Ninety-two-year-old World War II veteran Archie Lopez on Thursday at his home in Aztec points to a medal that he received for his service.
Ninety-two-year-old World War II veteran Archie Lopez on Thursday at his home in Aztec points to a medal that he received for his service.

AZTEC — Ninety-two-year-old Arsenio "Archie" Lopez credits his longevity to a higher power, a good sense of humor and lots of healthy eating.

Lopez, a decorated World War II veteran, will spend Memorial Day at his home on McCoy Avenue with his wife, Genevieve Lopez. Like most days, he will rise early, get dressed and make coffee. But Monday, he said, he'll deviate from his routine long enough to take down the small American flag that he keeps flying over his porch steps year-round and replace it with a full-sized version and say a prayer of thanks.

"I thank my Lord and savior for all I have," Lopez said. "He's the only one who brought me through the war. You know, I wonder sometimes, 'How did I ever make it through everything?' Well, the Lord was right there with me. There's no other answer. He's the one who gives me the power and strength. That's probably how I am still around."

Ninety-two-year-old World War II veteran Archie Lopez, left, sits with his wife Genevieve on Thursday in front of their home in Aztec while holding a
Ninety-two-year-old World War II veteran Archie Lopez, left, sits with his wife Genevieve on Thursday in front of their home in Aztec while holding a photograph of himself from 1941. (Megan Farmer — The Daily Times)

Born in Corona, N.M., Lopez's parents died when he was only four. His only sister was sent to an orphanage in Santa Fe and he to one in Albuquerque, which he hated, he said.

He volunteered for military service at 17, and slept in tents during basic training in San Antonio, Texas. At age 22, as an Army sergeant, he was in the second wave of soldiers who landed on Omaha Beach in Normandy, France, on D-Day, June 6, 1944. A good shot with a rifle, Lopez said he doesn't know how he managed to survive the amphibious landing, only that he was too busy each second after he landed on the beach.


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"Everything is fair in love and war, kill or be killed, you know," Lopez said at his home on Wednesday. "Not much time to think anyway else. When you're in battle, your life is in jeopardy every second of the day and night. Six months of that, I thought, 'There's gotta be somebody taking care of you, brother.'"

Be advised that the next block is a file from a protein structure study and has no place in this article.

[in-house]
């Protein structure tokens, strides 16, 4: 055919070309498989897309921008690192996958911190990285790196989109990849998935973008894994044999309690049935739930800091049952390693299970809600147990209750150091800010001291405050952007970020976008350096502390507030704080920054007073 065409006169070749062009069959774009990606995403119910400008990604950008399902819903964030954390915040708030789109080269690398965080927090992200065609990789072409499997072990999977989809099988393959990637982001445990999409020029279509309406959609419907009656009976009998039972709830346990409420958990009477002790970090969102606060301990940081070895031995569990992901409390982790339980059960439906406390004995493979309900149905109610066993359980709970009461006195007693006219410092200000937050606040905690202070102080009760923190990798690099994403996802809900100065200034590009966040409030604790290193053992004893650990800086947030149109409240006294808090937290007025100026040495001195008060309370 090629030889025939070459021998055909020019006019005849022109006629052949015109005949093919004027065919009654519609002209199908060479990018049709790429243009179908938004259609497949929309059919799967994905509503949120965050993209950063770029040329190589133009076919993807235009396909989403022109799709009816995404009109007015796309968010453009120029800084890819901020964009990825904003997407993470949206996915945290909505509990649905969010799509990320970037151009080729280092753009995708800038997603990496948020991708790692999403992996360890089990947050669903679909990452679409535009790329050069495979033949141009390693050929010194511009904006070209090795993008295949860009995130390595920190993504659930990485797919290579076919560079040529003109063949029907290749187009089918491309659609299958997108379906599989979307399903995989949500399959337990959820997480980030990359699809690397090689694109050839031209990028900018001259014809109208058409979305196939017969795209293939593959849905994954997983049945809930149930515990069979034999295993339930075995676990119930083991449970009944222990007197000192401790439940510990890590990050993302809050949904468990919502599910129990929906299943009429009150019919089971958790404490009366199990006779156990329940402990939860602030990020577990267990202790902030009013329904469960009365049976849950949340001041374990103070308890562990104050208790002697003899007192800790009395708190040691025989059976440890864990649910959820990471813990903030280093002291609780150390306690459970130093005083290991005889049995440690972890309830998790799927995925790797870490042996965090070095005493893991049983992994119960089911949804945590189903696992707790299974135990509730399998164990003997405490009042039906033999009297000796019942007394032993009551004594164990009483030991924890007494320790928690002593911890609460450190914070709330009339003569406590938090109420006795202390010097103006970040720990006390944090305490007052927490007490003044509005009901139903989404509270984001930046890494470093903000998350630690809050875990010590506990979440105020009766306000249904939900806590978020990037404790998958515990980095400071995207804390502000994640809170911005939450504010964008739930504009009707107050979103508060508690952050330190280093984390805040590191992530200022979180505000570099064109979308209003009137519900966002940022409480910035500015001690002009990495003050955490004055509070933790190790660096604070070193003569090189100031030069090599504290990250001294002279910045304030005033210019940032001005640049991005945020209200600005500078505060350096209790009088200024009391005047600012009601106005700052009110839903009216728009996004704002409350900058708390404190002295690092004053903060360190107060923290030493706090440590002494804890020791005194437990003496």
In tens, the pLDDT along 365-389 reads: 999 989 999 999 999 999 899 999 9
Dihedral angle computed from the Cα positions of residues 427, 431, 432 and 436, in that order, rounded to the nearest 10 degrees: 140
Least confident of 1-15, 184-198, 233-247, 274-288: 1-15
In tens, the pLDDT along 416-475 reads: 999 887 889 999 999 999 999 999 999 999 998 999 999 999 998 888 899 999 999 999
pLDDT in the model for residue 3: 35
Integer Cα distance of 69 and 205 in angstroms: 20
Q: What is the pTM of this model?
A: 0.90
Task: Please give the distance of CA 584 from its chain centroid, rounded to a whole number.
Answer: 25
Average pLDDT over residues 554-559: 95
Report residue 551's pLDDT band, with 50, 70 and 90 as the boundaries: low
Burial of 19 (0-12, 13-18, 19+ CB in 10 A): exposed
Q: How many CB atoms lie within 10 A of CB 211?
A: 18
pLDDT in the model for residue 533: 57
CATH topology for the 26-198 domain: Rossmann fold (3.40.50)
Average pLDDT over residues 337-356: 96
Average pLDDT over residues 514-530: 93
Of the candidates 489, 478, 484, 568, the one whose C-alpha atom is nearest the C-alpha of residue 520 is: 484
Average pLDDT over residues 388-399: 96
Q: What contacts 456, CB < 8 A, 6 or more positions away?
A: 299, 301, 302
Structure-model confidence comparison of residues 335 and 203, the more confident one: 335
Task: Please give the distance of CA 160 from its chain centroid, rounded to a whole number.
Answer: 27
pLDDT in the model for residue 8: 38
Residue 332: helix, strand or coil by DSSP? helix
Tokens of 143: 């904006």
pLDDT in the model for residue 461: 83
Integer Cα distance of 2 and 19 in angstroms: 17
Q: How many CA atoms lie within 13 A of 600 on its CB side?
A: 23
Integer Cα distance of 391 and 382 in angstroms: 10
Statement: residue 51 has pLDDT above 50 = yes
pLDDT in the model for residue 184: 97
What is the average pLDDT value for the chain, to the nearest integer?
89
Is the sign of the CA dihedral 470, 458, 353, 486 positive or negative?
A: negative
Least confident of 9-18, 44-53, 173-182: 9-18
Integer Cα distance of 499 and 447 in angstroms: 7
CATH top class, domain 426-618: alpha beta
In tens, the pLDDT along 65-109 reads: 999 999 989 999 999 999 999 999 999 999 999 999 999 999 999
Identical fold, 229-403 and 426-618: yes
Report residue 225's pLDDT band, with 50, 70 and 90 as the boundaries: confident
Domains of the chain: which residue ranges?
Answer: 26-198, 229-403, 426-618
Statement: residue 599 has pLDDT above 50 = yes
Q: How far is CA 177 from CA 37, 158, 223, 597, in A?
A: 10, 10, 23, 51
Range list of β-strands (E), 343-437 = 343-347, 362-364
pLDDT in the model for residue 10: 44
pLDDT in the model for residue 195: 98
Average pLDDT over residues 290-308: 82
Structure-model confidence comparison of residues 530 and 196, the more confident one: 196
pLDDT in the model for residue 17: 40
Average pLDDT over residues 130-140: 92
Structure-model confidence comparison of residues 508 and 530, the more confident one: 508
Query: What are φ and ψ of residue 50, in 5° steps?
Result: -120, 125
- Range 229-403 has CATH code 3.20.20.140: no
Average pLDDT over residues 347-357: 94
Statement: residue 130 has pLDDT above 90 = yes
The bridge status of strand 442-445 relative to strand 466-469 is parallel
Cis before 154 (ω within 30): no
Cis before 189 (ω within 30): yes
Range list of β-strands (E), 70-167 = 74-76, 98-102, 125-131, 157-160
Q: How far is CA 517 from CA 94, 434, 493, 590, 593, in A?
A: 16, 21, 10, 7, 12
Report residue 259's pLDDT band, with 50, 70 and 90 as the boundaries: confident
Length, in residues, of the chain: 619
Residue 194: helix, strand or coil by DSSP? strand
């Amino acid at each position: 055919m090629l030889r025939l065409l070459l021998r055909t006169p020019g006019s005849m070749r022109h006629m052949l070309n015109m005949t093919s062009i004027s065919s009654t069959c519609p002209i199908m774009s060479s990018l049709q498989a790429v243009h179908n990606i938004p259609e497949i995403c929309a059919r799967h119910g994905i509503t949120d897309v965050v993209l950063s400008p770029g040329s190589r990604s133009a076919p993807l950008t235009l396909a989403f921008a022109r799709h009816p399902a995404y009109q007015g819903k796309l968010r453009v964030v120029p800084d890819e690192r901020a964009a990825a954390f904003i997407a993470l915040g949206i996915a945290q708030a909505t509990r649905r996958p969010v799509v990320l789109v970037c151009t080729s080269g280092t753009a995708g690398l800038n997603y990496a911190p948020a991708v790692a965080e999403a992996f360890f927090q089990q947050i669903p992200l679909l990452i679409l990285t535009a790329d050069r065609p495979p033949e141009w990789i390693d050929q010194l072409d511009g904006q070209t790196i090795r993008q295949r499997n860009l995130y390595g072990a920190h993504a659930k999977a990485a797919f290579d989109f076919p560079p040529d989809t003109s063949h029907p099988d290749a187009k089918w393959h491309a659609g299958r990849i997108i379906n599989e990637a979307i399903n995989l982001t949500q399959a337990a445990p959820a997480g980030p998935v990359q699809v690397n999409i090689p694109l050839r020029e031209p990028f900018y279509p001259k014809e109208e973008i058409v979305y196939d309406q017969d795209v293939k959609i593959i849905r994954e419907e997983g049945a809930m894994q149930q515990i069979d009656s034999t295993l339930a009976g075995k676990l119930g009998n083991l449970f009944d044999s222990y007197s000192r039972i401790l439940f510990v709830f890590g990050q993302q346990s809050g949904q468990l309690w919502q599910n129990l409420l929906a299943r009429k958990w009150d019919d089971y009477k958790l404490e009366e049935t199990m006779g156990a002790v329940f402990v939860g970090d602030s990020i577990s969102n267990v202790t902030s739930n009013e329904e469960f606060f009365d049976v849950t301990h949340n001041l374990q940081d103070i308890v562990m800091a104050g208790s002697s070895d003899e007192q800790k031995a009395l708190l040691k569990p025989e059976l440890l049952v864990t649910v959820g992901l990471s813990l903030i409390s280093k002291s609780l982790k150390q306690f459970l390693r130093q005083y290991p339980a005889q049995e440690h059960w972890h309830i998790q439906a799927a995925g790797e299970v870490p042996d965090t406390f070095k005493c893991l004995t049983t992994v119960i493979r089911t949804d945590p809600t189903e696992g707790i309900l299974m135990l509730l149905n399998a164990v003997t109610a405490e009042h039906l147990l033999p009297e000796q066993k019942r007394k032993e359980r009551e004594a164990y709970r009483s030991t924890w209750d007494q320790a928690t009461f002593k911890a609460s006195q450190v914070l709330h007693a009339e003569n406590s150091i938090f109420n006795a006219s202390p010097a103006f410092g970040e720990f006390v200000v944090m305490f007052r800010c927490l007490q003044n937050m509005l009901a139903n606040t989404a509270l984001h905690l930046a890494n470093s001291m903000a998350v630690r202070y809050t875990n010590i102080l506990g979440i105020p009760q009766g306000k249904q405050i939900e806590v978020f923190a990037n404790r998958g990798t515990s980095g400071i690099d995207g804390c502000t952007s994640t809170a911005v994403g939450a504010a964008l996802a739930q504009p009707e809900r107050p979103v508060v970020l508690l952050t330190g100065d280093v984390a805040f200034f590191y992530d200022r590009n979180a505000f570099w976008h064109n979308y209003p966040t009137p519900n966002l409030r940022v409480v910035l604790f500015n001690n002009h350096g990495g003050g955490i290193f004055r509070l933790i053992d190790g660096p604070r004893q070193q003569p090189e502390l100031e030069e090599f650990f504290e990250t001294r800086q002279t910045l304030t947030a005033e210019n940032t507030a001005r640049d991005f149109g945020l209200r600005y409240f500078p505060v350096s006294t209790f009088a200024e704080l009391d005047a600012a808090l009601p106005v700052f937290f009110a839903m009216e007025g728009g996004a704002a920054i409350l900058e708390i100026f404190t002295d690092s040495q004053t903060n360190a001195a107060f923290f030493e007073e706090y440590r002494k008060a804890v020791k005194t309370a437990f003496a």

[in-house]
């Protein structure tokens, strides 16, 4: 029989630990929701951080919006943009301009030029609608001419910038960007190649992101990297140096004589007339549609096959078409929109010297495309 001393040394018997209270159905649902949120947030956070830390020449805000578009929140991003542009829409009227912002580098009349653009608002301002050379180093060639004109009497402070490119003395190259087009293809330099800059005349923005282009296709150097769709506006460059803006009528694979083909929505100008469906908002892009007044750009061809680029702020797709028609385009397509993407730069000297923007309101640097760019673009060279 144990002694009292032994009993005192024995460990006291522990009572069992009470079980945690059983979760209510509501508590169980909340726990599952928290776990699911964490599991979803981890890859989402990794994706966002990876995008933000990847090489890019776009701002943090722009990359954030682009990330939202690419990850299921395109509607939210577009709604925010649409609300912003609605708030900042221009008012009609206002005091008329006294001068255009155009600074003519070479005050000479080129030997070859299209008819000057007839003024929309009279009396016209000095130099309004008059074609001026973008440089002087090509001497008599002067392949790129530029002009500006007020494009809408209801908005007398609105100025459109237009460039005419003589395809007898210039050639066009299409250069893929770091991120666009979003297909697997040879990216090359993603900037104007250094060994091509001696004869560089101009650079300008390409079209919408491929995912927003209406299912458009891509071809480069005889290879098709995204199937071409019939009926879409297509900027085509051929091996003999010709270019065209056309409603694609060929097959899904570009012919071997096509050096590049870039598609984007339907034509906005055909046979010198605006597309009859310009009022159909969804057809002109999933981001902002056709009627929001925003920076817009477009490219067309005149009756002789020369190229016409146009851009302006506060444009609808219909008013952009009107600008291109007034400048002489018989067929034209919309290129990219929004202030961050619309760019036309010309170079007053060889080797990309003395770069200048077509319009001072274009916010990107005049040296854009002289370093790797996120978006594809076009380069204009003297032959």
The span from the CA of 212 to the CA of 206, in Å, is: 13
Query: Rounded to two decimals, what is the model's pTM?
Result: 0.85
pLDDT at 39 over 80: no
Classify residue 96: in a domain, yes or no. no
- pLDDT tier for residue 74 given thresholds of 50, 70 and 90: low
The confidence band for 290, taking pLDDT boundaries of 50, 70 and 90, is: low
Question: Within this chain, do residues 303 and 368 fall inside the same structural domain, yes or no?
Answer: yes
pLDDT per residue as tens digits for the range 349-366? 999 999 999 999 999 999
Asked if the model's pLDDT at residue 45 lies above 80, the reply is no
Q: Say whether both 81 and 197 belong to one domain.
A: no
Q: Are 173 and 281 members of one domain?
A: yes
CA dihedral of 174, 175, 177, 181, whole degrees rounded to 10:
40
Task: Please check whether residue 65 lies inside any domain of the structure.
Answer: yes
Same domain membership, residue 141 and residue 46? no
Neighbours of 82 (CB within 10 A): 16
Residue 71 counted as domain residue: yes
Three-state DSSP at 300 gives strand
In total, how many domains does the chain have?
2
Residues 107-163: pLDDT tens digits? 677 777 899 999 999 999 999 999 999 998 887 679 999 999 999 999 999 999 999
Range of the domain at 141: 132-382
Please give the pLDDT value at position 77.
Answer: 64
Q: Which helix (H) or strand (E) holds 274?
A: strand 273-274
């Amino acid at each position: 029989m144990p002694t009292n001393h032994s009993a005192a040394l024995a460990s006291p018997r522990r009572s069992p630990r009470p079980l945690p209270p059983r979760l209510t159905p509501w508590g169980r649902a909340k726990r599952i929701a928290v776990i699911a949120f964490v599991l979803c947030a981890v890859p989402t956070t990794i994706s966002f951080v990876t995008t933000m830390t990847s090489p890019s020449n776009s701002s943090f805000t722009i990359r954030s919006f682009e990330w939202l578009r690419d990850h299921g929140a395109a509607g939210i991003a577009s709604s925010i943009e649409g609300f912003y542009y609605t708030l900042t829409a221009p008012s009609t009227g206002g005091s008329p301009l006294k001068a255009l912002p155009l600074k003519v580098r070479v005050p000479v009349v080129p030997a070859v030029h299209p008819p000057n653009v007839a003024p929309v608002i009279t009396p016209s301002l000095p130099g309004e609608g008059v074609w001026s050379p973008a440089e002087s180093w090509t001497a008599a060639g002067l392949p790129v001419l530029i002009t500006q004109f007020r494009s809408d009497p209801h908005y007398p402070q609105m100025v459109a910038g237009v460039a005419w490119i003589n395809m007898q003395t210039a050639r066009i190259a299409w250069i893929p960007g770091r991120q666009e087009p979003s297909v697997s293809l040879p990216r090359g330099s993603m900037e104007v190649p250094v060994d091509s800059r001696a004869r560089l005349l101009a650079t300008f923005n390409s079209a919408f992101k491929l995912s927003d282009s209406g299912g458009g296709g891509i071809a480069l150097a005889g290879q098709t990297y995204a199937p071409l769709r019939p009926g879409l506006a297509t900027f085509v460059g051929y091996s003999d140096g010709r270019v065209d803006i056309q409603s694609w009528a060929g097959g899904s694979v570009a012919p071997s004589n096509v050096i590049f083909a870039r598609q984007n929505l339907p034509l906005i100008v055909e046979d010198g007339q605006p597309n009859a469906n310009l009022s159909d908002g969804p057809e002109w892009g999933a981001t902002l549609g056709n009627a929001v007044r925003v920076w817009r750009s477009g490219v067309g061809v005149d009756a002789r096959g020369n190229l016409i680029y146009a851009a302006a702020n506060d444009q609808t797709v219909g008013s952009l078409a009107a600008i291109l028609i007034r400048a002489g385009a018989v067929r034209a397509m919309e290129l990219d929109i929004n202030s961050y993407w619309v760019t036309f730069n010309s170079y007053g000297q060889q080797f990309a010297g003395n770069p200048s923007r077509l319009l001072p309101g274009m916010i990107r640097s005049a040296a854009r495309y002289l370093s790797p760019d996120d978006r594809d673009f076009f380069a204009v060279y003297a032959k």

He liked to box with fellow officers in the Army and said that his pugilistic attitude toward battle helped him face heavy attack, including clashes along the Siegfried Line, the roughly 400 miles of underground bunkers and forts built by Hitler to secure Germany against an attack from the west.

"The hardest part of the was breaking through the Siegfried Line. I don't ever remember being scared, but once you get in the mix, you get nervous," he said. "I was squad leader and one time they were shelling us pretty heavy. I could hear somebody crying and it was one of my replacements, so I knelt down in the foxhole and I asked him what was the matter. He told me, 'They're shooting at me,' telling me that over and over. I told him, 'No, they're shooting at everybody.' I told him to sit up with me and we talked some more. He was all right after that. You know, that kid became one of the best mortar gunners I ever had."

Lopez was wounded, nearly fatally, during the Battle of the Bulge in Belgium that December when shrapnel entered the back of his neck and shot out his chest. Doctors told him the shrapnel was an eighth of an inch from his brain stem, which if hit, would have killed him instantly.

"Before I got wounded, I was always jolly and carrying (on) with the boys but that day I knew I was going to get it," Lopez recalled. "One of our lieutenants said, 'Sergeant, there's something bothering you.' I just felt it. I knew I would get it on that day. And sure enough that day around four in the afternoon I did. The only thing that bothered me was that I didn't know how bad it was going to be. I made it through. I tell a lot of people that if the shrapnel would have gone in straight, I wouldn't be telling you about it now."

His Bronze Star medal, given to Lopez in 1962 for his "meritorious achievement in ground combat against the armed enemy during World War II," was stolen along with a dozen other medals and commendations, including a Purple Heart, from his sister's home in Roswell not long after he returned home to New Mexico. Lopez received replacements for them in 1992.

He moved to Aztec in the 1960s and worked around the county, doing construction and other work in the oil fields. He served as commander of the American Legion Post No. 9 in Aztec in the 1970s.

These days, Lopez spends most of his time tending to his 50-foot-long backyard garden, growing jalapeƱo and chile peppers, cucumbers, tomatoes, corn and canteloupe. He and his wife make their own salsa and he enjoys sharing the fruits of his labors in the garden with friends and his 21 grandchildren and 20 great-grandchildren.

"The only grandpa I ever knew, my mother's, he lived to be ninety-six," Lopez said. So I think I'll try to break his record."



James Fenton covers Aztec and Bloomfield for The Daily Times. He can be reached at 505-564-4631 and jfenton@daily-times.com. Follow him @fentondt on Twitter.